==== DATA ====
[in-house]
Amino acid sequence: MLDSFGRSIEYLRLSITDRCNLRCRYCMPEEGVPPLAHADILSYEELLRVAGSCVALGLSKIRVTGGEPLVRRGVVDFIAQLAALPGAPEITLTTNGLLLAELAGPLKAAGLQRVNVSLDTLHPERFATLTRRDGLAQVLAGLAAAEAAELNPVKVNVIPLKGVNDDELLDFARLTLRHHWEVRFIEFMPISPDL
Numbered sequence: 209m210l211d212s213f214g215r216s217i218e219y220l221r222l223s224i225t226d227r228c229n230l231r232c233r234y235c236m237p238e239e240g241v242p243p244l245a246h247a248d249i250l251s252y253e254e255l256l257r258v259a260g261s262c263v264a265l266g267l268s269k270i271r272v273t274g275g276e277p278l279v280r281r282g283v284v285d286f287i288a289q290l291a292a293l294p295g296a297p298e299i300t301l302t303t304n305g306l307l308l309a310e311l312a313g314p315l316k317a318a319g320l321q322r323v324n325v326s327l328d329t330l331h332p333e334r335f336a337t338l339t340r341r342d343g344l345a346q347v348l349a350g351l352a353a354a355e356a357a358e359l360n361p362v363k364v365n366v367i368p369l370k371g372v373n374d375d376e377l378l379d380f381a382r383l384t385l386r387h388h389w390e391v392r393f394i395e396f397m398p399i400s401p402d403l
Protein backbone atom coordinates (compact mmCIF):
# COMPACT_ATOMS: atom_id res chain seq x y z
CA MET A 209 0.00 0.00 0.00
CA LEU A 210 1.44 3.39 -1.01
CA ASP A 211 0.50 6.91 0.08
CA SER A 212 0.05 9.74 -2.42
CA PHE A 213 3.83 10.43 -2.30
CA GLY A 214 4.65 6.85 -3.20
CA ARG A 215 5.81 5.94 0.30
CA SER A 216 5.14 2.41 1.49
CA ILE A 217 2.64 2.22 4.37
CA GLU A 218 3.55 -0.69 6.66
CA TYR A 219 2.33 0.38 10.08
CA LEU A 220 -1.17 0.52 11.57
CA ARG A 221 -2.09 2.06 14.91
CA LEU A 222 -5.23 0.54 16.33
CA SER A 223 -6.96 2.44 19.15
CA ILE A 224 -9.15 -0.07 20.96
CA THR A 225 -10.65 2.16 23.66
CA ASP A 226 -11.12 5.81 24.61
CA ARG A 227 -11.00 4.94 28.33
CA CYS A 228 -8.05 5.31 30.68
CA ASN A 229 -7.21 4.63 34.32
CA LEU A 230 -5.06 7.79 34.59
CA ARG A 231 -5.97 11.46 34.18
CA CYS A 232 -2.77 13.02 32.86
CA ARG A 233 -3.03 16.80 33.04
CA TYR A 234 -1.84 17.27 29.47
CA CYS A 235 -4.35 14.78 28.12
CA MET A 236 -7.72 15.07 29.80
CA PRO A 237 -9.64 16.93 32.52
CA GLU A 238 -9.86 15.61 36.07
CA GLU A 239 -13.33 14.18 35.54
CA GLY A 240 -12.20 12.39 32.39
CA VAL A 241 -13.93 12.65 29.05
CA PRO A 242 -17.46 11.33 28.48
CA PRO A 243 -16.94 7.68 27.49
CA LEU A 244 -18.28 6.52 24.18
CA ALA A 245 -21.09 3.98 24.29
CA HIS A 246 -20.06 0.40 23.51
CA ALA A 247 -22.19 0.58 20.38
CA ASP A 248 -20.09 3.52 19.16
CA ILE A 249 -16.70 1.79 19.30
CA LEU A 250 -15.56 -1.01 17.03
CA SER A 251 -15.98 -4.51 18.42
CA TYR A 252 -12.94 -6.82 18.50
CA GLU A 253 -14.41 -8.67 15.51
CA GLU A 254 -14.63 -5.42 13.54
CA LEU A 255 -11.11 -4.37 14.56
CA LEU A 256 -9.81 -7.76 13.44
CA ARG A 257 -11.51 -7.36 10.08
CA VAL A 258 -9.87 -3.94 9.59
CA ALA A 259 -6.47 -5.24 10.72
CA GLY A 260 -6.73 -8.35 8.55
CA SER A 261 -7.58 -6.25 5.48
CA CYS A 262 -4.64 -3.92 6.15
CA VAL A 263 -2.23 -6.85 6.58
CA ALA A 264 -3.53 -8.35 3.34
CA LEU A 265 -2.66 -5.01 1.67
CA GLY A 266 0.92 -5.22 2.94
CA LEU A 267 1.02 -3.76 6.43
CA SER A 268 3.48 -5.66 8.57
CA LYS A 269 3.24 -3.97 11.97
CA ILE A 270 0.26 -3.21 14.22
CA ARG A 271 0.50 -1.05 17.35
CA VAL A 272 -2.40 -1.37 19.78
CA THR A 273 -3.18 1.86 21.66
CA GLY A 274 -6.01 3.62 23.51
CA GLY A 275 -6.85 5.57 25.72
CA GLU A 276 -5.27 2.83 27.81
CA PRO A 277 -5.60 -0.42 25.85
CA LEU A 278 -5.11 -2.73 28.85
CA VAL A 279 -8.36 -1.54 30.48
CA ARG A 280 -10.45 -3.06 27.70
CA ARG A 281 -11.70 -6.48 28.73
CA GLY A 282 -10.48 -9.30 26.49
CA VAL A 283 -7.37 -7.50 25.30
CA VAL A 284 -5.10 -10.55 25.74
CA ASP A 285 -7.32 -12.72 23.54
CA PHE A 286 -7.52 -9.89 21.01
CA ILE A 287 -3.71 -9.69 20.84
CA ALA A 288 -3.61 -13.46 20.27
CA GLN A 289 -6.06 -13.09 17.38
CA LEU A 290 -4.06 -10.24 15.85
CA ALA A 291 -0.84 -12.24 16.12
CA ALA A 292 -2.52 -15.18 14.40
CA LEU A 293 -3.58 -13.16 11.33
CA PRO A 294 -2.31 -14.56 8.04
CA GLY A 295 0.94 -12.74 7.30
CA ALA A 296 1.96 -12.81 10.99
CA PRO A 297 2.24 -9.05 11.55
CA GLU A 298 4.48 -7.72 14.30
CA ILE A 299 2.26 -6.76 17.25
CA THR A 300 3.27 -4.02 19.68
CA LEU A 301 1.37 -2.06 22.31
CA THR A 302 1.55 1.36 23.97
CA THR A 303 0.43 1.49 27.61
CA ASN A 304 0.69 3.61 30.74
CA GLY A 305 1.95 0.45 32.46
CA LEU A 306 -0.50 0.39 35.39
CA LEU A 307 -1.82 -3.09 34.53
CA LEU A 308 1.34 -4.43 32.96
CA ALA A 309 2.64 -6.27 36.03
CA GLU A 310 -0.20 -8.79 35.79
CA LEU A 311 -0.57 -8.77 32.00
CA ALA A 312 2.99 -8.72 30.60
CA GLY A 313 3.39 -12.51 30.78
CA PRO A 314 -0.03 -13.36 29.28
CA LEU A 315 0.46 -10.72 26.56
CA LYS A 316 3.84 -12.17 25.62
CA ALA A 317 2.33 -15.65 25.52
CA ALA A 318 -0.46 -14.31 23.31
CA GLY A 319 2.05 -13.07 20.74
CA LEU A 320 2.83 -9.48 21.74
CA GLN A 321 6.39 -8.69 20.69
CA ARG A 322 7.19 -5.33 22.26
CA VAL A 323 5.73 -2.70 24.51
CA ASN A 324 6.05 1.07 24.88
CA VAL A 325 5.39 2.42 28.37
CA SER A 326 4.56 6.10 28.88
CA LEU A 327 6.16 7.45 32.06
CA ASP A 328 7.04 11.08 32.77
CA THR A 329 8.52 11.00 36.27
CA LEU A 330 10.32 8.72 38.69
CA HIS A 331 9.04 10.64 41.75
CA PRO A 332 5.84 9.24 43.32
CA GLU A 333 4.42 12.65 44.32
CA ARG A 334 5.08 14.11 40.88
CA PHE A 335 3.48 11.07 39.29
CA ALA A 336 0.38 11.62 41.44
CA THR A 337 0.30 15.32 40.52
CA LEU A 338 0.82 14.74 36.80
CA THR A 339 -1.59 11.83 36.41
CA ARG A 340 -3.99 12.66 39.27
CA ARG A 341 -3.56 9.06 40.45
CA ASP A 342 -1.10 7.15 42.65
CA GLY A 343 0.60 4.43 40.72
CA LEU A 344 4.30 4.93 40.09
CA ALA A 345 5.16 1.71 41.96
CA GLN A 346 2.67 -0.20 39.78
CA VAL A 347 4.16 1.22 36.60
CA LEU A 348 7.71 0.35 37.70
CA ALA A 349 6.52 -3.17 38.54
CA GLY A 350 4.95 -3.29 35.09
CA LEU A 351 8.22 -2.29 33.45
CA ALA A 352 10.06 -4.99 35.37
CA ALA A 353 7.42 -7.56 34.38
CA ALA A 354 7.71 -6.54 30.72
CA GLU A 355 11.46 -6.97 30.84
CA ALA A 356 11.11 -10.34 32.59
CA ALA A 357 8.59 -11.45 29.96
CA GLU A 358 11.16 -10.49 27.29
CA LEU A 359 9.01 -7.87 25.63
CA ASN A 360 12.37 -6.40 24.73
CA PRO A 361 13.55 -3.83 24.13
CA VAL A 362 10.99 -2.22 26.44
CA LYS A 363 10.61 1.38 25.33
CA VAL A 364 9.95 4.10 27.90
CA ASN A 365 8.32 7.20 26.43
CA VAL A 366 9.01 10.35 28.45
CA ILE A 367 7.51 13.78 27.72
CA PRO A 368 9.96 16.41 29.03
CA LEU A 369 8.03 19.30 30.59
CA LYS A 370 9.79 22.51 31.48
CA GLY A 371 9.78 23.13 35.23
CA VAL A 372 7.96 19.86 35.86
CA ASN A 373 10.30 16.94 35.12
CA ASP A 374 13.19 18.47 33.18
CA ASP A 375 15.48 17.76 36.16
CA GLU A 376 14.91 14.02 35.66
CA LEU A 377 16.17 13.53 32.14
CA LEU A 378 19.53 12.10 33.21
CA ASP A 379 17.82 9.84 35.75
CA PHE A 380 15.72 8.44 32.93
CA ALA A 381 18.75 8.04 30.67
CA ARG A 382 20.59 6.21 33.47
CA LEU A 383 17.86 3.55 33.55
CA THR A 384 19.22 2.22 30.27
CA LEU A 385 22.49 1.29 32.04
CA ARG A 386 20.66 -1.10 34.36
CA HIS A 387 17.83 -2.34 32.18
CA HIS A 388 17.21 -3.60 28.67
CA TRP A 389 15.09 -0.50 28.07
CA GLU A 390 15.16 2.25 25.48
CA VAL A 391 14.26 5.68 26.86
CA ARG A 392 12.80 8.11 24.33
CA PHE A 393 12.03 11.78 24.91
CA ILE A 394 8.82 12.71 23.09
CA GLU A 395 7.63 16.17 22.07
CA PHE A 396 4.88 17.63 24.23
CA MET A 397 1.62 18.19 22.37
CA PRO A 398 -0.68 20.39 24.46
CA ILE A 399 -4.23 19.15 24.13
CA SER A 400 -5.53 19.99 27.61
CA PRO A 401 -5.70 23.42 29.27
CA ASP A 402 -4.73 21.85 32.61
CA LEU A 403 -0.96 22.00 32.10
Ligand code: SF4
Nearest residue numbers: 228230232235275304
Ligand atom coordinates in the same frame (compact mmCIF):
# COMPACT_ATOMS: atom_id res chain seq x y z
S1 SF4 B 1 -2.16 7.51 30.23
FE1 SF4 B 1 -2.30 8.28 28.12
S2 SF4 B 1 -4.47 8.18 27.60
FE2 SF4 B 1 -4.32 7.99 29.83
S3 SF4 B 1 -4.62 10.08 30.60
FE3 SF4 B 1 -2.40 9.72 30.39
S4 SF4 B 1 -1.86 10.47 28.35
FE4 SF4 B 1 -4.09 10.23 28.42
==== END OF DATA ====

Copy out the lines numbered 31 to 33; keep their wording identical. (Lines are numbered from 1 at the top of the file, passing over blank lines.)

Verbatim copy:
CA TYR A 234 -1.84 17.27 29.47
CA CYS A 235 -4.35 14.78 28.12
CA MET A 236 -7.72 15.07 29.80